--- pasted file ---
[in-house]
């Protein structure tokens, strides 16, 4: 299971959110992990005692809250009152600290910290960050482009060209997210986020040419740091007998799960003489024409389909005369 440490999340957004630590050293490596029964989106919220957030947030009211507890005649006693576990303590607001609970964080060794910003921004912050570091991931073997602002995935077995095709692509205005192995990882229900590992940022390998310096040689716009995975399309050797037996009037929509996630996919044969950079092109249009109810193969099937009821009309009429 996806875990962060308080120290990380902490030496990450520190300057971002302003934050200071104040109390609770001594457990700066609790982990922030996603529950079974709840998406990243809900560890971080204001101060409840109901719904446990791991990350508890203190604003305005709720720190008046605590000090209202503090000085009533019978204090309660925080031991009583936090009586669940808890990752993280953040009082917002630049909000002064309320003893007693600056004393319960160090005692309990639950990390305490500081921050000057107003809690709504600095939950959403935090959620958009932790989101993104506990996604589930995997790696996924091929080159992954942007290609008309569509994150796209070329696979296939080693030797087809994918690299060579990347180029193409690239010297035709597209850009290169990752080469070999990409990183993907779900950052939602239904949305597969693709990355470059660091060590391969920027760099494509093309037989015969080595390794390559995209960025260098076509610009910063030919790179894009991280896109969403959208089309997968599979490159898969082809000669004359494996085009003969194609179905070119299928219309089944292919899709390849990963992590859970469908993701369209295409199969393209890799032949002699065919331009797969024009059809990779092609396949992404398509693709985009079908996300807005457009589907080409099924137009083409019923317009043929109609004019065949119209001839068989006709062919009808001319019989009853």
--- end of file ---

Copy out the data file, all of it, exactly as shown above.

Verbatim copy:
[in-house]
């Protein structure tokens, strides 16, 4: 299971959110992990005692809250009152600290910290960050482009060209997210986020040419740091007998799960003489024409389909005369 440490999340957004630590050293490596029964989106919220957030947030009211507890005649006693576990303590607001609970964080060794910003921004912050570091991931073997602002995935077995095709692509205005192995990882229900590992940022390998310096040689716009995975399309050797037996009037929509996630996919044969950079092109249009109810193969099937009821009309009429 996806875990962060308080120290990380902490030496990450520190300057971002302003934050200071104040109390609770001594457990700066609790982990922030996603529950079974709840998406990243809900560890971080204001101060409840109901719904446990791991990350508890203190604003305005709720720190008046605590000090209202503090000085009533019978204090309660925080031991009583936090009586669940808890990752993280953040009082917002630049909000002064309320003893007693600056004393319960160090005692309990639950990390305490500081921050000057107003809690709504600095939950959403935090959620958009932790989101993104506990996604589930995997790696996924091929080159992954942007290609008309569509994150796209070329696979296939080693030797087809994918690299060579990347180029193409690239010297035709597209850009290169990752080469070999990409990183993907779900950052939602239904949305597969693709990355470059660091060590391969920027760099494509093309037989015969080595390794390559995209960025260098076509610009910063030919790179894009991280896109969403959208089309997968599979490159898969082809000669004359494996085009003969194609179905070119299928219309089944292919899709390849990963992590859970469908993701369209295409199969393209890799032949002699065919331009797969024009059809990779092609396949992404398509693709985009079908996300807005457009589907080409099924137009083409019923317009043929109609004019065949119209001839068989006709062919009808001319019989009853």